The holidays can sometimes feel like a jumble of emotions. Spending time with family can bring up feelings from joy to anxiety to dread. The Thanksgiving dinners we see depicted on tv shows and movies are often vastly different than their real-life counterparts. Even if coming together with your family at the holidays is something you enjoy, it can still be hard to face all the questions and tricky topics that can come up at the table.
How to Have Open Conversations with Your Family
We all want to feel comfortable and able to communicate openly with our family, but family tends to come with a lot of emotional baggage. It could be past traumas or perceived slights, but whatever it is, it can be hard to untangle yourself from the emotions around family interactions.
In order to have healthy communication with your family, you must first feel emotionally safe. This can begin by understanding your emotional triggers. When your parents bring up the time you got into an accident and dinged up the family car, it can bring you back to those feelings of guilt or shame that you felt during that time. By understanding how that story brings up those negative emotions, you can speak with your parents ahead of time about setting boundaries around triggering topics. Explain to them that you’re not trying to dictate the topics of conversation, but rather trying to keep yourself emotionally safe so that you can better participate in the family celebrations.
Even when you have set boundaries, it is important to plan for difficult moments. There may be times when a topic comes up that you find triggering, but didn’t prepare for. If you have planned for moments like that to occur, you can implement healthy coping skills. That may look like taking a walk by yourself or calling a friend or therapist who can help you process the emotions that are coming up. When you are feeling overwhelmed, let your family know that you will need to take some space. Once you feel grounded and ready, you can come back to your family and address what about the moment you found triggering. Being able to communicate your needs can help you to create an open dialogue moving forward.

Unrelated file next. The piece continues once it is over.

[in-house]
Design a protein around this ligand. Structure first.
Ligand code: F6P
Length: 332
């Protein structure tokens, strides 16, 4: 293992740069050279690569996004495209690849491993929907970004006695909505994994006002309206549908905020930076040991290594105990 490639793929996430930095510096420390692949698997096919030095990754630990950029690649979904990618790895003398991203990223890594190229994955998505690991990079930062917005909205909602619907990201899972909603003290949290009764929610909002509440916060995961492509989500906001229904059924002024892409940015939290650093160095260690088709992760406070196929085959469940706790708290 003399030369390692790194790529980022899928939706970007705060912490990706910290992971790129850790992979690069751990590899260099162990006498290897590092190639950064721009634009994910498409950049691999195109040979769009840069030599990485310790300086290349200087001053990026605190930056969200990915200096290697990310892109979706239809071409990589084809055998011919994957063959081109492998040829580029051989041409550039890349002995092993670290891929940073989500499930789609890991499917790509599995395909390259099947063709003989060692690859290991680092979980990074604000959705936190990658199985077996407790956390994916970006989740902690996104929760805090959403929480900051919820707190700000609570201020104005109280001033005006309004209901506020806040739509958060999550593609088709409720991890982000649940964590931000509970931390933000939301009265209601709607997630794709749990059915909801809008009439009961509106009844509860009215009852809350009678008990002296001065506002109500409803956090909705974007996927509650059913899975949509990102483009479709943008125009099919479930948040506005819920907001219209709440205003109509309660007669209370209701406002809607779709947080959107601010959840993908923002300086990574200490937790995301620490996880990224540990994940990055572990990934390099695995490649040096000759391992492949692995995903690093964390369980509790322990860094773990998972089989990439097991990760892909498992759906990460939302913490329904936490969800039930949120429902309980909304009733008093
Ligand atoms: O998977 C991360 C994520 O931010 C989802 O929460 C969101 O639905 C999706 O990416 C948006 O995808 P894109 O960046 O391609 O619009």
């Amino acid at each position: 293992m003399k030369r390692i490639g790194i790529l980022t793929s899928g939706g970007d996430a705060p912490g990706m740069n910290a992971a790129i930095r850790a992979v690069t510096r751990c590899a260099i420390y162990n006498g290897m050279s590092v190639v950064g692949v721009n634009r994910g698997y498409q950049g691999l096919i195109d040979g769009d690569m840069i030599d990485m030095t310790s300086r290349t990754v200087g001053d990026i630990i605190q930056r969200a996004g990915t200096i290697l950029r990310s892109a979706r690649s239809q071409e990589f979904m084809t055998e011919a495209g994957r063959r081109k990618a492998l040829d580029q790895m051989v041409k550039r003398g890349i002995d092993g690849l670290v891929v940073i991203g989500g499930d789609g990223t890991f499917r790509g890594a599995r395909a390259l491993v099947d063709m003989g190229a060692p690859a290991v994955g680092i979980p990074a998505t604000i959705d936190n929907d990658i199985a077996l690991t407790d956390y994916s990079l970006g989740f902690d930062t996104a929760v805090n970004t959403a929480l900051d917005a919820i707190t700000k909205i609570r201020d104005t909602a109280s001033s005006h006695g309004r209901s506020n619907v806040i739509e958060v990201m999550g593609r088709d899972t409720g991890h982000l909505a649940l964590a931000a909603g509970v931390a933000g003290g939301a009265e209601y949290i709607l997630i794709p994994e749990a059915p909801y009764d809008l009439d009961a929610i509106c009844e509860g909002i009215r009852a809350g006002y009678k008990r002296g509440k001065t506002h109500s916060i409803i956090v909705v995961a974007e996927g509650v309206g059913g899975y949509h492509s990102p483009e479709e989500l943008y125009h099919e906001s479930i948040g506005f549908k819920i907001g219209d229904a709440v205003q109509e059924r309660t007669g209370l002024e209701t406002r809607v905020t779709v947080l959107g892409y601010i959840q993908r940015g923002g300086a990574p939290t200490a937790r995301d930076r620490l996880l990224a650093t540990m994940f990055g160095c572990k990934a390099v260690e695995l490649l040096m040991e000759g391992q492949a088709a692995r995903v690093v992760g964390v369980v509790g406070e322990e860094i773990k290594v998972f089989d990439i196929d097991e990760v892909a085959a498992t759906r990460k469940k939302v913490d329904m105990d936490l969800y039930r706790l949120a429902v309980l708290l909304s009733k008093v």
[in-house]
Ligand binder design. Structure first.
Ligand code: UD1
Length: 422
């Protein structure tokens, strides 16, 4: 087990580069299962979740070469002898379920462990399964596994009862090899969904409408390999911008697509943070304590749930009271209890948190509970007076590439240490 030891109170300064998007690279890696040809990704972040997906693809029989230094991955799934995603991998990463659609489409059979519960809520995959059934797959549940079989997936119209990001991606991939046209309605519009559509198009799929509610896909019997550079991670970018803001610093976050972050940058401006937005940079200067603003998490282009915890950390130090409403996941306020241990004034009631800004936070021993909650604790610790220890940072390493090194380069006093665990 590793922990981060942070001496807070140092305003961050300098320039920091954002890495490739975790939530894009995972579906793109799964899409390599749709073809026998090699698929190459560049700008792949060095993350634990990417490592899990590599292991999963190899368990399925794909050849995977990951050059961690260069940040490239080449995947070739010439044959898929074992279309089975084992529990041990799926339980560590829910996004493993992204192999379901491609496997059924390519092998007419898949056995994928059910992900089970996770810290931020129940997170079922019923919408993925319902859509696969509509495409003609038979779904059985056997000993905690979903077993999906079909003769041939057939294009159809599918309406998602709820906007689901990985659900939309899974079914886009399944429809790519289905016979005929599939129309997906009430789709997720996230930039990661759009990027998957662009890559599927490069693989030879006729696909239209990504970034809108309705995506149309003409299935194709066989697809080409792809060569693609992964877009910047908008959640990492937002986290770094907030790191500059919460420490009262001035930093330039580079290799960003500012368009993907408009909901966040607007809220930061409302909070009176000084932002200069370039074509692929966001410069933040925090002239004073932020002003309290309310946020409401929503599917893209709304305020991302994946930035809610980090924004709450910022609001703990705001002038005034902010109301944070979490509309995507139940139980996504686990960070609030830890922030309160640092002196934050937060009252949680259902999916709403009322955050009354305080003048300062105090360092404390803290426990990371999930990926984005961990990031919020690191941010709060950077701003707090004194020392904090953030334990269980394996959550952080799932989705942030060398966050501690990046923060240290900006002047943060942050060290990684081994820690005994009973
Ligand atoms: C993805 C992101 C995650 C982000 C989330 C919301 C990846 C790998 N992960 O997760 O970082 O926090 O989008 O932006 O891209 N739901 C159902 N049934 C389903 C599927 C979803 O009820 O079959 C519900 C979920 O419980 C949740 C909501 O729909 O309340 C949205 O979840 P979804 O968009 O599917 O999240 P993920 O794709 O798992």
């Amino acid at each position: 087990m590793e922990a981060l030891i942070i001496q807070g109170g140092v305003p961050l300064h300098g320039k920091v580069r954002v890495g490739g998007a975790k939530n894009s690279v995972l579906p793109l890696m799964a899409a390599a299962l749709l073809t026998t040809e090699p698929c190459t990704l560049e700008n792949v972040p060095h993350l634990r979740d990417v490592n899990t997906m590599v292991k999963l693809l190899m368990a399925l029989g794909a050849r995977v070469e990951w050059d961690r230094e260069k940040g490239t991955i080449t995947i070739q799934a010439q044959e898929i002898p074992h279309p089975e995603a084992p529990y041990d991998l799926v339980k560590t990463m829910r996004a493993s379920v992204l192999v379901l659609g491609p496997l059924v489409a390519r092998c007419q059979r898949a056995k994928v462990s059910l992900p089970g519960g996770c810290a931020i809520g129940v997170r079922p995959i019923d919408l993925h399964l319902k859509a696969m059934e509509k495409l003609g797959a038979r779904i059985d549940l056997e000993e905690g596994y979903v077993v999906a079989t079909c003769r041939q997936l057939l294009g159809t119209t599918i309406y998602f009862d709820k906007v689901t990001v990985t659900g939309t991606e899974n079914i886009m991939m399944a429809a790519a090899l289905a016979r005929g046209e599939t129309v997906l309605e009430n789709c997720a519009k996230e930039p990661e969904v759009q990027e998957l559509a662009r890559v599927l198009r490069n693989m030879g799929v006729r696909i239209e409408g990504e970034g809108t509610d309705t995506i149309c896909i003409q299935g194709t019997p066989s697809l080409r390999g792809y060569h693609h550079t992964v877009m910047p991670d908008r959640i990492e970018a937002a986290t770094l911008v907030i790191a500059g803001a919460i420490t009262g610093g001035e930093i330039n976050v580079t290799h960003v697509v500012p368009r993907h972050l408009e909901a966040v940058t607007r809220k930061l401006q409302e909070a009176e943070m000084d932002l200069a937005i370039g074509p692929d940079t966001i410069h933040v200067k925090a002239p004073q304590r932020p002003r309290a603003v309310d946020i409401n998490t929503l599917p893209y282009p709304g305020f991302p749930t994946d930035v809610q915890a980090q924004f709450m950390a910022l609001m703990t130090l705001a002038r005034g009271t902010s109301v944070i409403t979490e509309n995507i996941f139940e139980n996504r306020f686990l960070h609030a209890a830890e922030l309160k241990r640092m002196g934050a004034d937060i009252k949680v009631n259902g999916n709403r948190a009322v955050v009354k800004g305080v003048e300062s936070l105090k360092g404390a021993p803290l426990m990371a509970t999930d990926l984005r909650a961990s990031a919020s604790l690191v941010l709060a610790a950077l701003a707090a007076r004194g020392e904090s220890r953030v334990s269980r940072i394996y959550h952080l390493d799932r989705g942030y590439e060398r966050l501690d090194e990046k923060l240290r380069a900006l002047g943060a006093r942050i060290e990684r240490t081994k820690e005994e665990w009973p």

If you find your family having the same old conversations they do every year, and those families bring up negative emotions, try creating some new dialogue. Instead of rehashing grievances, try asking some questions. Conversations starters like: “What is your favorite place you have traveled?” Or “Tell me about how our family traditions got started.”, can open up a new line of conversation. By breaking the negative pattern, you have an opportunity to talk openly and find new common ground.
Red Mountain Colorado Can Help
Red Mountain Colorado was founded to help struggling teens work through behavioral and emotional challenges. We specialize in the treatment of trauma-related mental health challenges. Throughout programming, we empower teens to build healthy coping skills and habits that they can use to work through the challenges they face.
Our program is structured to treat issues like trauma and depression as well as dual diagnosis disorders. When your teen arrives at our treatment facility, our staff will assess if there are any underlying mental health symptoms. With these learnings, we take an integrated approach to create a path to psychosocial wellness. For more information please call (970) 316-7594.